Take Five With Andrei Covaciu-Pogorilowski
Andrei Pogorilowski was born in Bucharest, Romania, in February 1968. Starting with 1982, he studied music independently, helped by several private professors.
In 1989 Andrei started to hear a strange yet beautiful music in his head that he was unable to notate. Short excerpts were presented on the piano to his musician friends, who confirmed that the temporal fabric of the music could not be rendered satisfactorily with help from the traditional, bar-rhythmical, semiography.
Between that point and 1994, Andrei tried to formulate a theory and a notation for that music, the first result being his first published book, Energies of Musical TimeEssential Studies of Pulsatory Functionalism (Ararat Publishing House, Bucharest), in a bilingual Romanian/English edition.
In the late '90s, Andrei discovered cognitive musicology and started to merge his own discoveries with the bulk of scientific contributions from this interdisciplinary domain. After abandoning several approaches, the final result was his last book The Music of the Temporalists, available now on Amazon.
The author is currently living in his hometown, Bucharest, along with his wife Simona and his nine year-old daughter, Ina.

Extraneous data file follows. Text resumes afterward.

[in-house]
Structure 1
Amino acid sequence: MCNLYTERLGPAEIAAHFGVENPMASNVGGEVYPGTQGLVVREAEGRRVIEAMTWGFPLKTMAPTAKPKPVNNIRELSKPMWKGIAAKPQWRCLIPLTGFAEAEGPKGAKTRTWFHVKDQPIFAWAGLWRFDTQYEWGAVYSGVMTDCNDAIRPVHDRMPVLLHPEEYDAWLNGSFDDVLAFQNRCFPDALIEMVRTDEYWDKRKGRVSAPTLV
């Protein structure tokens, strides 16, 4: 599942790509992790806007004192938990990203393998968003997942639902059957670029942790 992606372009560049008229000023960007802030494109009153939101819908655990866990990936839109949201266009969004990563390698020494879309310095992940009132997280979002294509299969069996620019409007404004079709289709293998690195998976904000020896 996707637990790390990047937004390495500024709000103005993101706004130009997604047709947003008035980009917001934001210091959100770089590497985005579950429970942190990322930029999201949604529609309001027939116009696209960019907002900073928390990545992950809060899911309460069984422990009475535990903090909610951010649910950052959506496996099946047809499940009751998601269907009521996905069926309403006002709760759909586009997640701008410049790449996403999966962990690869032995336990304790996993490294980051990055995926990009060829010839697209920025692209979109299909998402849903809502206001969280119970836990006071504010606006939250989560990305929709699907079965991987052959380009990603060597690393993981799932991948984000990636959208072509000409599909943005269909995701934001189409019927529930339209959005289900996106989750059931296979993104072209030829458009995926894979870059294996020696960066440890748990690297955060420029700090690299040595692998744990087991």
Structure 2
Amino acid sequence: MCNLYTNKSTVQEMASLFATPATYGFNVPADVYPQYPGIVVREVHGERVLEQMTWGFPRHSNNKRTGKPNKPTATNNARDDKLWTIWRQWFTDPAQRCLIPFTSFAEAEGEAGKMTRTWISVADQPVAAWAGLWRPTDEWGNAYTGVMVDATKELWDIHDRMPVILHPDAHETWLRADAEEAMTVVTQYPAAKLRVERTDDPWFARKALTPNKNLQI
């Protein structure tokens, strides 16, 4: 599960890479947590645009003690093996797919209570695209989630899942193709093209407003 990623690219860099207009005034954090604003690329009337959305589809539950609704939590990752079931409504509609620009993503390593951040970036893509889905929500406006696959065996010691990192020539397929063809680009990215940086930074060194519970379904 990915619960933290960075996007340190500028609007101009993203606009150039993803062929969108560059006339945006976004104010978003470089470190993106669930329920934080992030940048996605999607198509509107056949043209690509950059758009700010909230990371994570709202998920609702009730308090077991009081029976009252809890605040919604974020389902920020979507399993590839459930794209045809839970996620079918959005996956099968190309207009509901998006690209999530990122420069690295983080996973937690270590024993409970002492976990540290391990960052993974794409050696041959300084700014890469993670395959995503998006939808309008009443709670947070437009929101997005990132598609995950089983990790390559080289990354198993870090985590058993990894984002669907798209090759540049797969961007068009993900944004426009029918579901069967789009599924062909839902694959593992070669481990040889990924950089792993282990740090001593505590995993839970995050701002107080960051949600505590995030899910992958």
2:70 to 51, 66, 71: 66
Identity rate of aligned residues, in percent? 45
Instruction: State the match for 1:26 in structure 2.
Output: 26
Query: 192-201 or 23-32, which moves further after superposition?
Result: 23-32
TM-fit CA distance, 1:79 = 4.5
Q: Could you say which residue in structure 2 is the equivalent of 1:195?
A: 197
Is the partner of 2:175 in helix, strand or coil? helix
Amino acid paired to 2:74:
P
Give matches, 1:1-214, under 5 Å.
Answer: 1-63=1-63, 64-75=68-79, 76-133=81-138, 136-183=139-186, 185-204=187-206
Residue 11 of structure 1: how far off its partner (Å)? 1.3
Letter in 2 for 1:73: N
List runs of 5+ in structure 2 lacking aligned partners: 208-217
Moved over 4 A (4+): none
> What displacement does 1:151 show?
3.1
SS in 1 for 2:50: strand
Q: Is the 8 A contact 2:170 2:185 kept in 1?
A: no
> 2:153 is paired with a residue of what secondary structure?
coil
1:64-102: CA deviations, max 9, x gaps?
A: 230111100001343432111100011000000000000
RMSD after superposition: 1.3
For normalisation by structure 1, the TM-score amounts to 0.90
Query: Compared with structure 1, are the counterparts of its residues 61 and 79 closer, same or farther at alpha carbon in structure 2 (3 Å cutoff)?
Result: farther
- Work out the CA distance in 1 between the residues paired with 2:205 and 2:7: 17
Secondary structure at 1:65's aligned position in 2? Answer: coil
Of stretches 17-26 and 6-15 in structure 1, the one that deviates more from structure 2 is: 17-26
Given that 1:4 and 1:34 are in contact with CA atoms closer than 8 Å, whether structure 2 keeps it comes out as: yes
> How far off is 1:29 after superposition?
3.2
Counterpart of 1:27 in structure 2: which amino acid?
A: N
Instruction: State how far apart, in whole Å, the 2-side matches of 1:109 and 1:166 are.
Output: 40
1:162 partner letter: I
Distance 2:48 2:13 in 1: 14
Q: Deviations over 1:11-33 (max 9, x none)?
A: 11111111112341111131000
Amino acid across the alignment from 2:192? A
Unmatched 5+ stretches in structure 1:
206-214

Teachers and/or influences?
Marian Ionescu, Richard Bartzer, Alexandru Dumitrescu, Verona Maier, Anton Dogaru.
I knew I wanted to be a musician when...
a friend of my father's (screenwriter Titus Popovici) told me that composers are supposed to "invent systems," like great chess players, for instance.
Your sound and approach to music:
Musical time theory.
Your teaching approach:
Just answering questions.
Your dream band:
Mozart, Beethoven & Schubert in their late eighties.
The first Jazz album I bought was:
John Coltrane, Ballads (Impulse!).
What do you think is the most important thing you are contributing musically?
Reshaping musical time theory.
Did you know...
I placed the name of a French porn actress in a musical time theory book?
CDs you are listening to now:
TunesIn; I listen to strange and remote radio stations from exotic countries.
Desert Island picks:
Wynton Marsalis, Think of One;
Thelonious Monk, Round About Midnight;
John Coltrane, Soultrane.
How would you describe the state of jazz today?
What are some of the essential requirements to keep jazz alive and growing?
Invention and paradigm shifts.
What is in the near future?
Editing a book written by a friend.
What's your greatest fear when you perform?
What song would you like played at your funeral?
John Cage's :"4'33.""
What is your favorite song to whistle or sing in the shower?
"De-as fi o salcie la mal" ("If I were a riverside willow"), by Horia Moculescu.
If I weren't a jazz musician, I would be a:
Courtesy of Andrei Covaciu-Pogorilowski